In 1832, nearly ten years after Mrs. Okill opened her female academy, Mrs. Agnes Mason Gibson (1787-1872), from Edinburgh, Scotland, established her own school, assisted by three of her daughters. Originally located on Broome Street and operating as a day school, it was advertised on April 10, 1832, in the Evening Post:
“The Misses Gibson, having been educated under the first masters, are prepared to give instruction in all the branches of a useful and ornamental female education. Pupils will be received for French, Italian, Music, or Drawing, who may not wish to enter for other branches. Instructions upon the pianoforte and guitar will also be given in private homes. [Guitar instruction was not unusual. Christian Frederick Martin, the famous guitar maker who established his shop in New York City in 1833, sold several guitars to Mrs. Okill]. A class for conversation and composition in French will be opened on Saturdays, for young ladies who have made proficiency in the language.”
A Resounding Success
Two months later, Mrs. Gibson “expanded her plan” to include boarding students. Within a few years, her school achieved a remarkable degree of popularity; Mrs. Gibson became an influential educator in New York City. Manufacturers of school supplies sought her out for endorsements. In September 1838, an advertisement in the Evening Post featured Mrs. Gibson’s endorsement of Jones’s Elementary Writing Books. Mrs. Gibson stressed the importance of having children instructed in “large hand exercises:”
“I attribute the defects in the hand writing of young ladies to injudicious teaching in giving fine-hand exercises to write, before any foundation or command of the pen is acquired in large characters.”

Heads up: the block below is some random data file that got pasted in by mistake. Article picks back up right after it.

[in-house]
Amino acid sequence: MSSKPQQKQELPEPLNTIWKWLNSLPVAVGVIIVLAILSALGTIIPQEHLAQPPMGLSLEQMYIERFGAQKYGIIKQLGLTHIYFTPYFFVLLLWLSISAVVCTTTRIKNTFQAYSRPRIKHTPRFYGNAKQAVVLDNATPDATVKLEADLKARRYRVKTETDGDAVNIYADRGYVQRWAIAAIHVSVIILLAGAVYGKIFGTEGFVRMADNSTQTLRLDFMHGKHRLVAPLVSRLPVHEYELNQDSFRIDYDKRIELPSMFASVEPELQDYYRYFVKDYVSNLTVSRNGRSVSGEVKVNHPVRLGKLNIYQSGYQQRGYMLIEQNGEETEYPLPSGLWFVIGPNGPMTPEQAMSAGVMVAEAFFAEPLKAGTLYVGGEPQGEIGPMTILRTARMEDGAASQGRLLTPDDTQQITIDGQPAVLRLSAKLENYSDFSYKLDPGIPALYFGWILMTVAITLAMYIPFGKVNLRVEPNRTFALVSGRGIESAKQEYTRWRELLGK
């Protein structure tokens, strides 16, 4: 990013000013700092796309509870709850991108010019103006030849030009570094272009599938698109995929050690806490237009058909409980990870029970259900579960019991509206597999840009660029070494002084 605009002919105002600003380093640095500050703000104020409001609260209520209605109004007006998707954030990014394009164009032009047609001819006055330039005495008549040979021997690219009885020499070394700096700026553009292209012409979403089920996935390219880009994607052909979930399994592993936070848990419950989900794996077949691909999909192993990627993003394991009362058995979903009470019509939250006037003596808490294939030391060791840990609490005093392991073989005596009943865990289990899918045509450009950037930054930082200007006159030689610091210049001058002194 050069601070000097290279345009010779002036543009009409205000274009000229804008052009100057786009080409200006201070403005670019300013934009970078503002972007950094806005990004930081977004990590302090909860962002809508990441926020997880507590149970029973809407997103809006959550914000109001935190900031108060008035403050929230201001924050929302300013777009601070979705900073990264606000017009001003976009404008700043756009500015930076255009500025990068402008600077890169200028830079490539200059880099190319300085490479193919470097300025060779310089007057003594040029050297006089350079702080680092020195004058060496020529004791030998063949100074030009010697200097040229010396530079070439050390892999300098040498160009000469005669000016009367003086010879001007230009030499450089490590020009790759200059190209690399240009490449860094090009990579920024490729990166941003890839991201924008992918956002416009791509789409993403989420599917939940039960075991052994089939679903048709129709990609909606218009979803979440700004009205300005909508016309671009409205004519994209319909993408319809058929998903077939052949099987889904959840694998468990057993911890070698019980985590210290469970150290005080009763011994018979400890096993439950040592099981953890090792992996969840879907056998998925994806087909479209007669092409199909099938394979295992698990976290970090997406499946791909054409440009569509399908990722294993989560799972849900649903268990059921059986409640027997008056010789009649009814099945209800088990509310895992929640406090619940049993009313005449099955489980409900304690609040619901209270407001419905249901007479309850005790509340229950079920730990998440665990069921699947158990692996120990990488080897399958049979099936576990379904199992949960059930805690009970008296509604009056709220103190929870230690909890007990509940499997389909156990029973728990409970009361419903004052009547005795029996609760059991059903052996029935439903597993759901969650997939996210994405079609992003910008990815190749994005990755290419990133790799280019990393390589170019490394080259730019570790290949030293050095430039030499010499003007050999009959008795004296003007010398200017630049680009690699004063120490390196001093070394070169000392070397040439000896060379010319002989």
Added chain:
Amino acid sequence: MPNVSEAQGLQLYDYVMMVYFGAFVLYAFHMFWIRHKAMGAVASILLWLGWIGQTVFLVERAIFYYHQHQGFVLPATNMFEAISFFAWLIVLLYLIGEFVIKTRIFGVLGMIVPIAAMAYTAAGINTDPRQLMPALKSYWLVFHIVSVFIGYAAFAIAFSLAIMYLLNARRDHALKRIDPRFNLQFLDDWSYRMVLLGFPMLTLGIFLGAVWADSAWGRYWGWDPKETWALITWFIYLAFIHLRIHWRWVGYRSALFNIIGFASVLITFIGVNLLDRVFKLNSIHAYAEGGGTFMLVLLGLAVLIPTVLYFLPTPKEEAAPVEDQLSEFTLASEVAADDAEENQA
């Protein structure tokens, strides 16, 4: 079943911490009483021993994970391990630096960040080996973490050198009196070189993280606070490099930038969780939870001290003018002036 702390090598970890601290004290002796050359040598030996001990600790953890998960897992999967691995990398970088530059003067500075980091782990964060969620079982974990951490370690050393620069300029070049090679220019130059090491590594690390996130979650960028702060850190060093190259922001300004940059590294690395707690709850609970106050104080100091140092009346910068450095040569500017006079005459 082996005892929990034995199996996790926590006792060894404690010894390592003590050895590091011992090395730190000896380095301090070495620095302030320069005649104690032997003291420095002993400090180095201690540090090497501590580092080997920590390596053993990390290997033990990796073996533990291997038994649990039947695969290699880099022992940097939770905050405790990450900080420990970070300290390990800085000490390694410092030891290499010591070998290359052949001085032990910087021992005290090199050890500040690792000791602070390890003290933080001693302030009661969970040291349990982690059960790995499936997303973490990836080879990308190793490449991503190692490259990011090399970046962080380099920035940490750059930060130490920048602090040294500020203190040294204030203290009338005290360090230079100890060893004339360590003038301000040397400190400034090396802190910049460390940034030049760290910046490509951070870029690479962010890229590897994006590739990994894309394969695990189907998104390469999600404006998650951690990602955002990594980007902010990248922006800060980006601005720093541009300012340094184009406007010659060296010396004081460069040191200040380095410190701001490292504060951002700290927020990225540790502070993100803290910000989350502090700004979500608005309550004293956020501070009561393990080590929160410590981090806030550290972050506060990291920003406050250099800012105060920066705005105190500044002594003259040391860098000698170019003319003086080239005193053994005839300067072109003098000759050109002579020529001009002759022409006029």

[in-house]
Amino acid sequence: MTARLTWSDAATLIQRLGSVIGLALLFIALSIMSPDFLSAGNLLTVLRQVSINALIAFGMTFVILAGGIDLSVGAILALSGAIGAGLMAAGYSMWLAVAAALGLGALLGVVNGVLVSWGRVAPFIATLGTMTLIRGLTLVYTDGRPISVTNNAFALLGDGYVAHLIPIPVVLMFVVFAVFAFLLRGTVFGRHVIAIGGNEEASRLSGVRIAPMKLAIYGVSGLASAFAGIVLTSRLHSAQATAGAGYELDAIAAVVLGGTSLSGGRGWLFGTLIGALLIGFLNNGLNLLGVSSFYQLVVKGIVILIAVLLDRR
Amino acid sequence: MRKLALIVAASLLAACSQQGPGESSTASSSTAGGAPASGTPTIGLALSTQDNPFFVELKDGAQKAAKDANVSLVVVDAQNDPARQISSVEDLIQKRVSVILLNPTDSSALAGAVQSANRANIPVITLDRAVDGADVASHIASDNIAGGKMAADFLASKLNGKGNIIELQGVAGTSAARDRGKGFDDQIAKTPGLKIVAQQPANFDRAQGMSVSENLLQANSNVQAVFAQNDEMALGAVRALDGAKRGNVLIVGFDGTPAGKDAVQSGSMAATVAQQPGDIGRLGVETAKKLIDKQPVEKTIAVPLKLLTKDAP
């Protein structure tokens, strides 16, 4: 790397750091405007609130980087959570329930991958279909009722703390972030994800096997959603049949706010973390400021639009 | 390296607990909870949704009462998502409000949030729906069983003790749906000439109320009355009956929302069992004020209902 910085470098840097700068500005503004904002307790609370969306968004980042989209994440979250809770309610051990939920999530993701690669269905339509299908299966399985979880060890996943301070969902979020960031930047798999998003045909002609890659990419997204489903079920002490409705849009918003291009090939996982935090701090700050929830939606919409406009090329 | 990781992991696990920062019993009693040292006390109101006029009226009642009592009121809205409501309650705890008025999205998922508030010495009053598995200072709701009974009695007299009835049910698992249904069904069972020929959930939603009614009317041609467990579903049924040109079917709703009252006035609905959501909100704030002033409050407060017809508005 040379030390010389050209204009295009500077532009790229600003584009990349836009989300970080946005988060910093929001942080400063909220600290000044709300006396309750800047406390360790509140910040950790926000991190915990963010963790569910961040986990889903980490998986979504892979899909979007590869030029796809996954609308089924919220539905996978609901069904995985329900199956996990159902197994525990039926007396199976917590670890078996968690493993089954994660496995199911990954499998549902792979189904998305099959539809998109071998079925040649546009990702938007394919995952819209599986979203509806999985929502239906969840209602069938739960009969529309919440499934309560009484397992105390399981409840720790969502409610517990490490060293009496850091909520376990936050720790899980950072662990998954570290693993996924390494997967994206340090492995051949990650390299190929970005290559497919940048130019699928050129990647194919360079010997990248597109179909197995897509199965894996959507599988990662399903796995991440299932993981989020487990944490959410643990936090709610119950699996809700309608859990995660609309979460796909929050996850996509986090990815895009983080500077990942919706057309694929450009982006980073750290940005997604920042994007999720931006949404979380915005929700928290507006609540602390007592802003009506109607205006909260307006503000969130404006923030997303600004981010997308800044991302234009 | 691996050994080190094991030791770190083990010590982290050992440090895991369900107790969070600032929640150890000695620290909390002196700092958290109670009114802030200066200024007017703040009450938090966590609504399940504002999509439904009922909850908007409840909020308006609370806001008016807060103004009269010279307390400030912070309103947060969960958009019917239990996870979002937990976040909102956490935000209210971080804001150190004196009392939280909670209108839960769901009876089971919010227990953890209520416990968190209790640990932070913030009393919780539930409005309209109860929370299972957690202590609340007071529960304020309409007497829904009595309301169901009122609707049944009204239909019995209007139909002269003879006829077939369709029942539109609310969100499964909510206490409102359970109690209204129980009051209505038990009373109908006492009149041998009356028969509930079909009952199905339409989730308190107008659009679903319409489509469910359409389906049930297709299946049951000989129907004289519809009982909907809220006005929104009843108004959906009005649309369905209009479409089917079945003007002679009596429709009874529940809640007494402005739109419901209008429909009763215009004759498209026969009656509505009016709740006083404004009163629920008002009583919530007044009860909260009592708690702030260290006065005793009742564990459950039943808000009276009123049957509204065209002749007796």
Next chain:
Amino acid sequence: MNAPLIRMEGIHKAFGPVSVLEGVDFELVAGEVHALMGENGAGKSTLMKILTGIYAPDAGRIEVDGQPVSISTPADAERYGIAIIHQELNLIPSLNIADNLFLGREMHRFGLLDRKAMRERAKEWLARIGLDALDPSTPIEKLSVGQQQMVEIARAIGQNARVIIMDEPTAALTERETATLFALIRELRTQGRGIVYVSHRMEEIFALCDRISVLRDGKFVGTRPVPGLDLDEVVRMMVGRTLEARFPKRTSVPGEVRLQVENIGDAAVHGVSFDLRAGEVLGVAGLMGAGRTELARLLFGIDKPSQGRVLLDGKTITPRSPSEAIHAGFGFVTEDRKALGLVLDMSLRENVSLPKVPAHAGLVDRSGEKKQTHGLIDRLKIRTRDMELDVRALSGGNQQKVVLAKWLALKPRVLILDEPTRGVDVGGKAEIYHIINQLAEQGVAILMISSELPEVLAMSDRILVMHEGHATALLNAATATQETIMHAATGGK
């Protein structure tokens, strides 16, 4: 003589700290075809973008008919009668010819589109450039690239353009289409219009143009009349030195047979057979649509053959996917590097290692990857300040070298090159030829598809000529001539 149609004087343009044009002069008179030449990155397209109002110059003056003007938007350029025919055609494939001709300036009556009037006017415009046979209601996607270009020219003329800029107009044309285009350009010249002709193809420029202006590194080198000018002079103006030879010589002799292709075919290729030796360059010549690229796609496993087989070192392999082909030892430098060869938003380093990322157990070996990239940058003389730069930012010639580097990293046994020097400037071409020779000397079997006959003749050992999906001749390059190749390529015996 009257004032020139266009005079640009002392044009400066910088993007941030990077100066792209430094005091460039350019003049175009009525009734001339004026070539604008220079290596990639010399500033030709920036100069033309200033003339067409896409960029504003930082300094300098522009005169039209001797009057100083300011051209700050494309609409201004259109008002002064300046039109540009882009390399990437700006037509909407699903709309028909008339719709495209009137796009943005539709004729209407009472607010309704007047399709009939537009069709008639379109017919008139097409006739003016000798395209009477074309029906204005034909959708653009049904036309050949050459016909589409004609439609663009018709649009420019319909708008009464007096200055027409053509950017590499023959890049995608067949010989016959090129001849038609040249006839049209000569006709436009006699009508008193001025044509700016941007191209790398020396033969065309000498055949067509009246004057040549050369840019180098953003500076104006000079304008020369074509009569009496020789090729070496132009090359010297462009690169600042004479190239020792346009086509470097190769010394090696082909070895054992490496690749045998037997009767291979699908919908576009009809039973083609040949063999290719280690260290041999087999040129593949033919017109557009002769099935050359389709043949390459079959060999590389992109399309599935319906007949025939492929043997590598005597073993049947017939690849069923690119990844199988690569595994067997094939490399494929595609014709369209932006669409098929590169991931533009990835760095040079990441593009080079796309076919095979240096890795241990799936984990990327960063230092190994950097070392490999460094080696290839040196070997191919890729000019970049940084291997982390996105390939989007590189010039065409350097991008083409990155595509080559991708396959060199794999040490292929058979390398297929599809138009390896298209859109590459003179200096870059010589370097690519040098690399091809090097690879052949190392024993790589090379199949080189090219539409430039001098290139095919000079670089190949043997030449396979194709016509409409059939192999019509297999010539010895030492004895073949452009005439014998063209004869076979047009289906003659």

“An Excellent Seminary”
As the school expanded it relocated several times, from Broome Street to Broadway to 21 Bond Street (just two blocks from the Merchant’s House), where in 1845, Mrs. Gibson gave an exhibition of her students’ work, which was lauded in the New-York Tribune. The school was referred to as “an excellent seminary – one of the best in the city for the instruction of young ladies.” The article goes on to say:
“We were particularly struck with the taste and judgment displayed in the elocutionary exercises. The French dialogues were given in a sprightly and graceful manner, and the vocal music was charming. We traced throughout the evening the workings of an intelligent, kindly, and well sustained course of instruction.”
The New York Post also covered Mrs. Gibson’s May Day Festival in May 1849:
“Of note were the performances of charades, in which the ingenuity and invention of the youthful scholars were exhibited. Many of the former pupils were present. It is charming thus to see wisdom’s ways made ways of pleasantness.”
The Dear Scottish Daughters
One of Mrs. Gibson’s students was Julia Cullen Bryant (1831-1907), daughter of poet and New York Evening Post editor William Cullen Bryant (1794-1878), who attended the school in 1844 at age 13. The family must have formed a strong attachment to Mrs. Gibson and her daughters, for William Bryant maintained a correspondence with his daughter’s teachers, Christianna Gibson in particular, until his death.
The Final Move
In 1851, Mrs. Gibson moved again, from 21 Bond Street to larger quarters at 38 Union Place, to accommodate her growing enrollment. Gertrude attended the school at this location, which was a short walk from her home on Fourth Street. The school operated at this location at least until 1861; eventually, Mrs. Gibson returned to Scotland with her daughters, where she died in 1872.
“An Annoyance and a Pleasure”
Despite the number of filled copybooks belonging to the Tredwell girls, all but one lacked any clues about the young women’s sentiments toward their schools. Only 18-year-old Sarah was brave enough to venture an opinion about her school years and the education she received. In a composition entitled “To a Dear Friend,” dated May 18, 1853, she expressed her ambivalence about her experiences and the end of her school days: